Statistics recently revealed that hospital admissions for dog attacks have doubled in the last three years. Why? What can you do to make sure your dog’s not to blame?
Although the statistics cover ‘struck by dog’ incidents as well as ‘bite by dog’ incidents, it is fair to assume that most incidents recorded are what we might loosely refer to as a dog attack. The fact is: 29 people were hospitalised in Northampton area in 2007-2008. Northampton isn’t on it’s own – dog attack hospital admissions have increased 43% nationally since 2001. Just over a quarter of all incidents involve children under ten. These are hospital admissions, remember – Not just minor injuries.
It’s a significant and worrying trend – but yet it’s entirely unnecessary. Dog attacks are avoidable in almost every case. Why do dogs attack? Is there such a thing as a bad dog or are owners always to blame? Is an aggressive dog this way from birth or is it down to the way it was brought up? It’s a question that has interested psychologists for decades – The so-called “nature or nurture” argument.
I wish I had a penny for every time I’ve heard someone say “There’s no such thing as a bad dog, only bad owners”. To some extent I’m inclined to agree because as a dog trainer and dog lover, I don’t like the idea that some dogs are just ‘bad’ BUT experience has taught me that sometimes even good owners need help with a particularly difficult dog. Life’s like that. Some dogs, like people, have difficult tendencies! (Incidentally I often think that anyone who calls me for dog training help is almost by definition a ‘good owner’. Bad owners, it seems, never call, but the good owners want the best for their dog)
The problem with the ‘nature or nurture’ argument is that it’s presented as a choice between one or the other whereas research now shows beyond doubt that behaviour – human too – comes from of a bit of both. On the one hand there are genetic traits (nature) and on the other, learnt reactions (nurture). All dogs – and all owners – are a product of breeding and upbringing. The problem for anyone seeking to change unwanted behaviour, of course, is that we can’t yet change genetics – only learnt responses.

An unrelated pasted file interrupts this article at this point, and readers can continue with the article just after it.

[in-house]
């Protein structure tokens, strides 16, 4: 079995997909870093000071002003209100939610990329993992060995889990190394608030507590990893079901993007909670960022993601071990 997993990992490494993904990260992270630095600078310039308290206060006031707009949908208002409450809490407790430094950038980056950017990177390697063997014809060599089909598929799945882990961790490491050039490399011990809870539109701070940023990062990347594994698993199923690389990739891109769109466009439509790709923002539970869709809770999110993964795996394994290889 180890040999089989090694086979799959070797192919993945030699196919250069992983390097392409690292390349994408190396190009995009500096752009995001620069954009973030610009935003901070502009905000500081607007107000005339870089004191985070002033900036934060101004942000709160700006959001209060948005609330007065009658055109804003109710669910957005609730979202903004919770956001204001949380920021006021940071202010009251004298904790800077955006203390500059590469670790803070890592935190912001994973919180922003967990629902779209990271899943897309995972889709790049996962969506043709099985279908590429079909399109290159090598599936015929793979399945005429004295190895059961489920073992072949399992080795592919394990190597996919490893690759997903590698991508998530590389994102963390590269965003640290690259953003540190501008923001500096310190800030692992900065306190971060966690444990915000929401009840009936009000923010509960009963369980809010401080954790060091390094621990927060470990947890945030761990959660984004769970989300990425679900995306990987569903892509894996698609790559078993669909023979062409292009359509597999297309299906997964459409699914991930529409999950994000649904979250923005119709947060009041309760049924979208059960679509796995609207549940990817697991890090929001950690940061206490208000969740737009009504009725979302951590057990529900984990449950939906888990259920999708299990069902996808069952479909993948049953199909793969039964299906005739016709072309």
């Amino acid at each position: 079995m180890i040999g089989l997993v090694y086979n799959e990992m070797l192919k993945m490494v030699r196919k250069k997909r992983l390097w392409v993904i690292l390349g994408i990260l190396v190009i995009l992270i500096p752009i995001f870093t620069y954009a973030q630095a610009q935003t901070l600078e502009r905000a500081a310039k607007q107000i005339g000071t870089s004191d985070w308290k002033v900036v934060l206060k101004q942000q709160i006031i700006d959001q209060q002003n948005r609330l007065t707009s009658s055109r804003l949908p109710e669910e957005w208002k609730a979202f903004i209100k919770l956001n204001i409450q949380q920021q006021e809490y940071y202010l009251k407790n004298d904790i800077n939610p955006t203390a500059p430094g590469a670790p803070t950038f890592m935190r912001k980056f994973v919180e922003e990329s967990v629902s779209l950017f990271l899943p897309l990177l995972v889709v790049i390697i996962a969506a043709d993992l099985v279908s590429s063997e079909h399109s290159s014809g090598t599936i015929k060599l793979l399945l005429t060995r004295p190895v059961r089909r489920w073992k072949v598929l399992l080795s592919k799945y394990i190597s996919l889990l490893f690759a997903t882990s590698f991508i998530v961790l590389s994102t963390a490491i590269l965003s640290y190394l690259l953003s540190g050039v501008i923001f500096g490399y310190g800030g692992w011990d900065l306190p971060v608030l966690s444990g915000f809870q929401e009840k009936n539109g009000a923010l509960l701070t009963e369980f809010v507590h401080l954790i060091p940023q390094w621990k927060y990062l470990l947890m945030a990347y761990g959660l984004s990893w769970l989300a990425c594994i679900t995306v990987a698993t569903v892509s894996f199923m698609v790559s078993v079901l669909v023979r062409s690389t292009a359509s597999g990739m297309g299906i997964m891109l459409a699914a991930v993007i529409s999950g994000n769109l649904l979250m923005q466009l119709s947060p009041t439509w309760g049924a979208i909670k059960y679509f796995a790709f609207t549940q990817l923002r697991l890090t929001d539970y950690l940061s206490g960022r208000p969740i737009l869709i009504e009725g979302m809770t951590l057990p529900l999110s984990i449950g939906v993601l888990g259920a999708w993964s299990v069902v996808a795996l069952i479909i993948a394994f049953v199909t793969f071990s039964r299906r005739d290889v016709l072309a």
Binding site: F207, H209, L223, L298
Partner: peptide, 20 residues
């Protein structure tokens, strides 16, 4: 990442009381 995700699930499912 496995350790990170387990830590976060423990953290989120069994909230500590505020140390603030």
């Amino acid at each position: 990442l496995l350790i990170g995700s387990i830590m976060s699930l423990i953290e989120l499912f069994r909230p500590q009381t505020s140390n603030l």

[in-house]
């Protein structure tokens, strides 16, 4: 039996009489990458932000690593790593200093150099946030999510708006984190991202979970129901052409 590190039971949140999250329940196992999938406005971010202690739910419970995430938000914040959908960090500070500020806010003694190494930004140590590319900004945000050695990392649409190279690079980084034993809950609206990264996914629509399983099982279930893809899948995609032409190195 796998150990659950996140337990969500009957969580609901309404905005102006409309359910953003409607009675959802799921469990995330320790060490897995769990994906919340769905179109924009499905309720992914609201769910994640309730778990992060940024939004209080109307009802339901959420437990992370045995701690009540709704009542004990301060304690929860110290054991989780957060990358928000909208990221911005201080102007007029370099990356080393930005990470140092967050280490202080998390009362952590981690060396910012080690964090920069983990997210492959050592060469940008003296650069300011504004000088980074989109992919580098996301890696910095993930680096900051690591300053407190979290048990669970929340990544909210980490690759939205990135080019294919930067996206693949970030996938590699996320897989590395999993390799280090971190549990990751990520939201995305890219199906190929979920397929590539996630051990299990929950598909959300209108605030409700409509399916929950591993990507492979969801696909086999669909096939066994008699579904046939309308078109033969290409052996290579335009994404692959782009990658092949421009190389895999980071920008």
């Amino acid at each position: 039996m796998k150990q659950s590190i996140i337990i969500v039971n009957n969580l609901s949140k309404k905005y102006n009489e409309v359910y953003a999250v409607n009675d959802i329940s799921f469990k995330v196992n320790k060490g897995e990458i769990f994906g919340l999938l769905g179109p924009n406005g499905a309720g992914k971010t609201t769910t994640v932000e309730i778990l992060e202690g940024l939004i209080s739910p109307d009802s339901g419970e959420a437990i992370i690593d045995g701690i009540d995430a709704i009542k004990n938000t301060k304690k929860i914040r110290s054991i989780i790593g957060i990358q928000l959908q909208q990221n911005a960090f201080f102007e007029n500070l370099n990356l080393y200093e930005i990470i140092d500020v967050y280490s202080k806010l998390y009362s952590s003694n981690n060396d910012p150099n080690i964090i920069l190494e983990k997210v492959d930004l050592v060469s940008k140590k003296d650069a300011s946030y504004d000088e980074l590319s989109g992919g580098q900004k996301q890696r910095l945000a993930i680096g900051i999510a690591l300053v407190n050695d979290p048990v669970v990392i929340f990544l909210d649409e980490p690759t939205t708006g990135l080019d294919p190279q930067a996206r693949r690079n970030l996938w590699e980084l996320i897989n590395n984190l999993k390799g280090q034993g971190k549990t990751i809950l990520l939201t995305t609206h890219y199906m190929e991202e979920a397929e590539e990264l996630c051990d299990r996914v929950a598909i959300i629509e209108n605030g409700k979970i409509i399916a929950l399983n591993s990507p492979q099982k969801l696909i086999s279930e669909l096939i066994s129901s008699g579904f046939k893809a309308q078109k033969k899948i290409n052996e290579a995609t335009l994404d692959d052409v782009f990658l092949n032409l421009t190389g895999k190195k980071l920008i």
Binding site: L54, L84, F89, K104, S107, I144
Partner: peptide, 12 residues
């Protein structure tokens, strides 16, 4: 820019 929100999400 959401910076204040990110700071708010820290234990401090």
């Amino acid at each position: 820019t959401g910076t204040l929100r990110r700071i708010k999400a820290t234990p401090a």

If you’re now worried that your dog’s bad behaviour might be genetic and you won’t be able to change it, take heart that even genetic traits can be controlled if you get the right advice. Learnt responses, on the other hand can be unlearned and re-learned in a better way – even better. That’s the skill of a good dog training or dog behaviour professional. Each dog is different and what works for one may not work with the next (just like people!), but it’s always worth giving your dog the best chance to be the well behaved happy dog that you want. I see lots of cases where the dog’s behaviour is utterly transformed in days. (With others it just takes a little longer.)
So what about “deed or breed” – Are some so-called dangerous breeds bound to be aggressive dogs because of genetics? Is it wise that certain breeds of dog are banned in the UK under the Dangerous Dogs Act? Or would we be better served by laws which require owners to behave in a more responsible manner, regardless of the breed they favour?
I’m often asked in radio and press interviews if I think that some breeds are dangerous. Personally I have two Rottweilers, a breed that has had more than it’s fair share of bad press. The fact is that an attack by a powerful breed of dog will be more likely to put you in hospital. That’s not rocket science, of course. But it’s just wrong in my opinion to ban certain breeds on this basis. If you have a Ferrari are you a dangerous driver because it’s a fast and powerful car? Is the local boy racer with his tricked up Ford Fiesta a better bet then..? I doubt it! It’s about responsibility – whether we’re talking about driving or dog ownership.
Unfortunately in our society we seem not to favour responsibility any more – we legislate for everything except personal responsibility. You can’t have a well balanced calm submissive Pit Bull Terrier, but you can have an unleashed attack-trained dog that’s a real danger to the public and you will almost certainly not be prosecuted until after someone has been hurt. No one has to train a dog to be well behaved and anyone can own a dog regardless of how much they understand their needs. That can’t be right!
So.. dog attacks: Deed or Breed..? My advice to dog owners is simple:
Concentrate on good dog behaviour, whatever the breed of your dog, and you’ll be fine.
P.S. If you’re worried about your dog’s behaviour, I can help. You can contact me here.
For more free articles and tips exclusive to this website, click here!